Not only can people open up a Sunday’s newspaper and see a full-page ad, but with the click of a mouse one can hear an advertisement speaking.
Or a casual stroll down the block can turn into an encounter with a 3D ad. Interactive advertisement has arrived, and it’s here to stay.
“Right now this is like a UFO landing – it’s the first time anyone has ever seen this. As people interact with products like ours in the home, the more accepting to that technology they will become,” said Chris Beauchamp CEO of Monster Media.
The next “big thing” in advertisement is 3D lenticular vinyl storefront advertisement and no visual glasses are needed to view the effects. Monster Media, the global leader in interactive advertisement was the first to launch this project for Landshark, a popular beer company.
The 3D element is described as a large 65 ft long, by 9 ft high display, in which Monster Media incorporated using gestural interactive projection and vibrant, eye-catching vinyl to encompass an entire corner location. The 3D aspect seems to pop off the building, projecting a bottle of Landshark along with its slogan, “Let the Fin Begin.”
Interactive advertisement allows the advertiser to target their potential audience as well as locate and engage them much faster than the usual paper advertisement.
“The most important thing with anyone looking into advertisement strives for is to be engaging with the consumer,” added Beauchamp. “There are too many messages people are (in contact) with on the daily basis, so much that most of the messages are blocked out. The product we offer gives our clients the ability to stop people in their tracks, engage them, tell a story and a lot of times plant a seed where the consumer actually leaves with something.”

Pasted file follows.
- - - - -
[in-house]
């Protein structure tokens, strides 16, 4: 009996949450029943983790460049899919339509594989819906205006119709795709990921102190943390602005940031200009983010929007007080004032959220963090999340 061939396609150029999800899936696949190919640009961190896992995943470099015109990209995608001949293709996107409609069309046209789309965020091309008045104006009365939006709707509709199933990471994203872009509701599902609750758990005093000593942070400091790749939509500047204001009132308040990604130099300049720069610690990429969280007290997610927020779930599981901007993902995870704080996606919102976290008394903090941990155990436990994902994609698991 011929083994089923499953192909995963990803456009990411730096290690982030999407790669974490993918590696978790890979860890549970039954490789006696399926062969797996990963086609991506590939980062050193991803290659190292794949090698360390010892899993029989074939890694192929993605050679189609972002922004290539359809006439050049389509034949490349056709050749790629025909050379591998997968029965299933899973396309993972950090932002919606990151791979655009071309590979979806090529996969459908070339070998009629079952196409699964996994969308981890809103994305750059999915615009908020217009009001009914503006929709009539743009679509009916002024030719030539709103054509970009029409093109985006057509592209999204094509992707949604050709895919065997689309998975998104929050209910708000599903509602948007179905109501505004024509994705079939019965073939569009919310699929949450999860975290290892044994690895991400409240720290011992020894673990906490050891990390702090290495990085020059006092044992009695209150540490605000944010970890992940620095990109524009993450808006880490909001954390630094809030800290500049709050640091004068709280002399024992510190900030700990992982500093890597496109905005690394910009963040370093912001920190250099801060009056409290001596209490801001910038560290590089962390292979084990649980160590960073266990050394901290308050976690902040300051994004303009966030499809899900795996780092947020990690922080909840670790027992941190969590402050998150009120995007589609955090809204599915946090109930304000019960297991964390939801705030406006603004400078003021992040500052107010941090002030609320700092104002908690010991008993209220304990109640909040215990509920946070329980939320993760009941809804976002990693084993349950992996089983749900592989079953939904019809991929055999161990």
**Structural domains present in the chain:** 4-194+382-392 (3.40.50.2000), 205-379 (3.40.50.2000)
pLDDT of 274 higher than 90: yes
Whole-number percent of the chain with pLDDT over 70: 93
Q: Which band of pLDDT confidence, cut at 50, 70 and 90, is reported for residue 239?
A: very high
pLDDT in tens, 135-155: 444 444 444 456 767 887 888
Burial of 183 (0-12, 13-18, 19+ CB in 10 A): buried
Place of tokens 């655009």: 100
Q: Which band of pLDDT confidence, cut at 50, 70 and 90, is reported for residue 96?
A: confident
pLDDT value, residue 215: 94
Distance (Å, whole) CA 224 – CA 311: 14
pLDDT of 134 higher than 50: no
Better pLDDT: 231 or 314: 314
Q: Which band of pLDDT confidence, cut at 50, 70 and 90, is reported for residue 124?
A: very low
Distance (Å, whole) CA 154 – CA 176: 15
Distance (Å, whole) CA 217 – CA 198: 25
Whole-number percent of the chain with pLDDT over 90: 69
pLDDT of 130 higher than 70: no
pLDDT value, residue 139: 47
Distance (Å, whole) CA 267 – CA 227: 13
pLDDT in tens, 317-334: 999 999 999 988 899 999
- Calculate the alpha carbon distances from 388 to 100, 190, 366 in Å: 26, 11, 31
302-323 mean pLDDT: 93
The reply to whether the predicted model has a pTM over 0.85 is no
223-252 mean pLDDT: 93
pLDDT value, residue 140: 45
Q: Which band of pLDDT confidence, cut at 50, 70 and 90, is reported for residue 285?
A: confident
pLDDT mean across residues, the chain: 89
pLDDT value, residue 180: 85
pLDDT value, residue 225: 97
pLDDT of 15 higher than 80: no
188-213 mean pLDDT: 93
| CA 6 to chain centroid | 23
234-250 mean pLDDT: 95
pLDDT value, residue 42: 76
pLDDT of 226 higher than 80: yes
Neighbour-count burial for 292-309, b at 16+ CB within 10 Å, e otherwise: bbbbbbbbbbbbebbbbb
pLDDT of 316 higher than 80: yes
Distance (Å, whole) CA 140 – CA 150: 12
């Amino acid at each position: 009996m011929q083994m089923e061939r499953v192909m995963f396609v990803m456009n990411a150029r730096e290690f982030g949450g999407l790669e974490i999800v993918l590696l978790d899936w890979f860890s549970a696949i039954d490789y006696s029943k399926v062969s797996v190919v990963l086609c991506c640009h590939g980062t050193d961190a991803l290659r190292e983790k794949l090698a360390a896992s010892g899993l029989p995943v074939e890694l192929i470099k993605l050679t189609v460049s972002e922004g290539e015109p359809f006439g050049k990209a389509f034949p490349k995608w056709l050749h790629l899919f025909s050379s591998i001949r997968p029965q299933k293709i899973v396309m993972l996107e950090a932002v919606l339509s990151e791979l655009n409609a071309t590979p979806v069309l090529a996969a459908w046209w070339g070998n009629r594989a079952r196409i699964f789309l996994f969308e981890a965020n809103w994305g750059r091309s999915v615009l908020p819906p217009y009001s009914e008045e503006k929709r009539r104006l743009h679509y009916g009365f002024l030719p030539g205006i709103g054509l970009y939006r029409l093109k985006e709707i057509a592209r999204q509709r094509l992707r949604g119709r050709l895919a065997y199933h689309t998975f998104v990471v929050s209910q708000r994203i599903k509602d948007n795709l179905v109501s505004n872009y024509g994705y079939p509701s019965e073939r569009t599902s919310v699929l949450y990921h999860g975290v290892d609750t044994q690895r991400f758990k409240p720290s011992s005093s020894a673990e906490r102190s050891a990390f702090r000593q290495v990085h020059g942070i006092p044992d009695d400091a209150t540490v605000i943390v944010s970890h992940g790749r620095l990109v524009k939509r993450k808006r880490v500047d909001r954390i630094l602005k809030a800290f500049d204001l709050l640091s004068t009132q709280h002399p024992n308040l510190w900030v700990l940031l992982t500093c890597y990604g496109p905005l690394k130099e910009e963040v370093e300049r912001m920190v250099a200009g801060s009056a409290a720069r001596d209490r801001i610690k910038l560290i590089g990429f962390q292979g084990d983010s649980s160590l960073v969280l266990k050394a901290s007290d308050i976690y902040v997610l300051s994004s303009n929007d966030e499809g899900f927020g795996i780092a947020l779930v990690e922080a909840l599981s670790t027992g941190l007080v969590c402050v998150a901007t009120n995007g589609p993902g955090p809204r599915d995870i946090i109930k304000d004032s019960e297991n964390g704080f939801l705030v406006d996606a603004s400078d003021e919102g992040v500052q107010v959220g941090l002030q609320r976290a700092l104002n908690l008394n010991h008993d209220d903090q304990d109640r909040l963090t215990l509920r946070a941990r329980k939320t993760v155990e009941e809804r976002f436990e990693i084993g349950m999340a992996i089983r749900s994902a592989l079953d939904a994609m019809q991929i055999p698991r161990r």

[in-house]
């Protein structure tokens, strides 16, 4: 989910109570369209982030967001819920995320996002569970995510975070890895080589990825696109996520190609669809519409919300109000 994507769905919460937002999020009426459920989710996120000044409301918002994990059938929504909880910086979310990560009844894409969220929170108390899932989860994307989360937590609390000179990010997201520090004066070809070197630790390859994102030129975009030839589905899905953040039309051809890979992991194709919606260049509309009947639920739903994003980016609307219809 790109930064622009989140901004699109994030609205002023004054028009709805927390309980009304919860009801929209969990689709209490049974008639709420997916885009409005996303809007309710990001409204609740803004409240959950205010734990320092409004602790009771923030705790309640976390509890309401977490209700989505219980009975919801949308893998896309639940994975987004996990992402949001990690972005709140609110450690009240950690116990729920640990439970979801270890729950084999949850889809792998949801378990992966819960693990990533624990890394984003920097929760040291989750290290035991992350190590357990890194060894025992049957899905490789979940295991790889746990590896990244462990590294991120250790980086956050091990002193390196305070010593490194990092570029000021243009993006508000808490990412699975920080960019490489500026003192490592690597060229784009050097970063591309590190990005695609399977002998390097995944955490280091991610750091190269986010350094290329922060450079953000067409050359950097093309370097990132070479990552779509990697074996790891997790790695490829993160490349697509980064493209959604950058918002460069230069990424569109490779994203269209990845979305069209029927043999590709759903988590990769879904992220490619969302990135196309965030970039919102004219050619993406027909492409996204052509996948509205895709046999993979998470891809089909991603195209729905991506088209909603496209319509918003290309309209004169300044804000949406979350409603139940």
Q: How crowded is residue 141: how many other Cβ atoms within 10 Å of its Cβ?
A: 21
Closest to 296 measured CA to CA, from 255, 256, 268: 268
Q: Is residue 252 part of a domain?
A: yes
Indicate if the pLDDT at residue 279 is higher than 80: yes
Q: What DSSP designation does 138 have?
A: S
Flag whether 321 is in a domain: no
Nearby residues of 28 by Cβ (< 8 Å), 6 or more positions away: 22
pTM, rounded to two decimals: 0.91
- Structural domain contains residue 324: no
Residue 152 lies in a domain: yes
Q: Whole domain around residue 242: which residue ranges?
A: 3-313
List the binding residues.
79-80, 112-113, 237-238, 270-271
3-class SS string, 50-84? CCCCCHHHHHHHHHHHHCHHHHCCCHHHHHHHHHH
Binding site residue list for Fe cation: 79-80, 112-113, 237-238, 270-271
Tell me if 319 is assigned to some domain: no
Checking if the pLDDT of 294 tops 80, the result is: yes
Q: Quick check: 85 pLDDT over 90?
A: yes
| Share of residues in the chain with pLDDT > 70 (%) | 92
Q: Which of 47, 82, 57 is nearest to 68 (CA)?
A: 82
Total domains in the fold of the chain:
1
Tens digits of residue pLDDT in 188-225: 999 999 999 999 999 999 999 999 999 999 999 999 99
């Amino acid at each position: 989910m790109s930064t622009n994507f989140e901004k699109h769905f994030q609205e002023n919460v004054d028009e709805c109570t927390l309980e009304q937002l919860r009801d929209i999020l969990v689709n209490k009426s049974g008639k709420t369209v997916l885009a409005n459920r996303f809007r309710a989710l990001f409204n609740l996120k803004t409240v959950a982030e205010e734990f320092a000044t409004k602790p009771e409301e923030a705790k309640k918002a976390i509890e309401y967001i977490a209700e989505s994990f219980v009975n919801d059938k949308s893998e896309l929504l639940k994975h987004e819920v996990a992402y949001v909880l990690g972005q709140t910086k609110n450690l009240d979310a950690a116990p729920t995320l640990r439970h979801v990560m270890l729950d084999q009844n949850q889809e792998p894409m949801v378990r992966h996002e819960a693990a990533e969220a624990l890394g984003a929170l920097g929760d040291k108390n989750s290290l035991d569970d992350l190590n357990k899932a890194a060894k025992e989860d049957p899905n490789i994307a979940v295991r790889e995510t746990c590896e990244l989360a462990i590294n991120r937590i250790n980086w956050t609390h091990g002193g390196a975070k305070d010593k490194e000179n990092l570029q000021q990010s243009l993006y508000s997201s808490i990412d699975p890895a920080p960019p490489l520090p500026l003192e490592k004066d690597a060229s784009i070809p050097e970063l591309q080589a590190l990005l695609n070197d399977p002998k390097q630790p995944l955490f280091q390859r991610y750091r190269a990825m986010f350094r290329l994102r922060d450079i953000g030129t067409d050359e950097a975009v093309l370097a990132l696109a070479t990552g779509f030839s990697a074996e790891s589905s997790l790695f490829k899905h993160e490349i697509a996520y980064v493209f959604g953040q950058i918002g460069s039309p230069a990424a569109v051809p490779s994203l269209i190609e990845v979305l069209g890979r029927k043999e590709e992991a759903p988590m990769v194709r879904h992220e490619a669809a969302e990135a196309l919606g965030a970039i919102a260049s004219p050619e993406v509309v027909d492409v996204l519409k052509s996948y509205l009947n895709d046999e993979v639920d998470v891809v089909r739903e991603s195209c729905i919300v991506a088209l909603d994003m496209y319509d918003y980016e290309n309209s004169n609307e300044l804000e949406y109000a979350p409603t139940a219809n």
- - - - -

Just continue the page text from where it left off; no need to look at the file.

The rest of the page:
Experts say despite the economic crisis our economy is currently facing, interactive advertising is the fastest growing medium because it’s cost effective. According to the Interactive Advertising Bureau during the first nine-month revenues of 2008, ads totaled over $17 billion, a 14 percent growth from 2007.
Advertisers say the compelling factors of 3D interactive advertisement are the unique approaches it brings to their brand messages. This approach allows their ad to stand out from the cluttered billboard full of traditional advertisements.
Will traditional advertisement take a back seat to interactive advertisement? No, says Ed Kanis Butler University program director of strategic communications for non-profits.
“I don’t think we are willing to sacrifice one for another. There is certainly still a place for traditional advertisement. It really depends on who the audience is and who you are selling to,” Kanis said.
Although this form of advertisement has its perks it still comes with disadvantages.
According to Jason Nye digital marketing manager at the University of Indianapolis this form of advertisement may have the wow factor and be memorable, however is it going to lead to the sale in the end?
“This is great for visual and directly reaching your targeted audience, but can people really interact with it,” Nye said. “What is the value of it versus clicking on an ad and finding all the information you need. It’s fun to look at, but is it going to make the purchase.”
Advertisers are advised to weigh the options when it comes to the marketing approach their company should take when reaching consumers, but still the future of interactive advertisement seems to be bright.
“Interactive advertisement is a force to be reckoned with. It’s the only advertisement that has significant growth. Companies need to figure out how to implement it in their strategies,” Kanis said.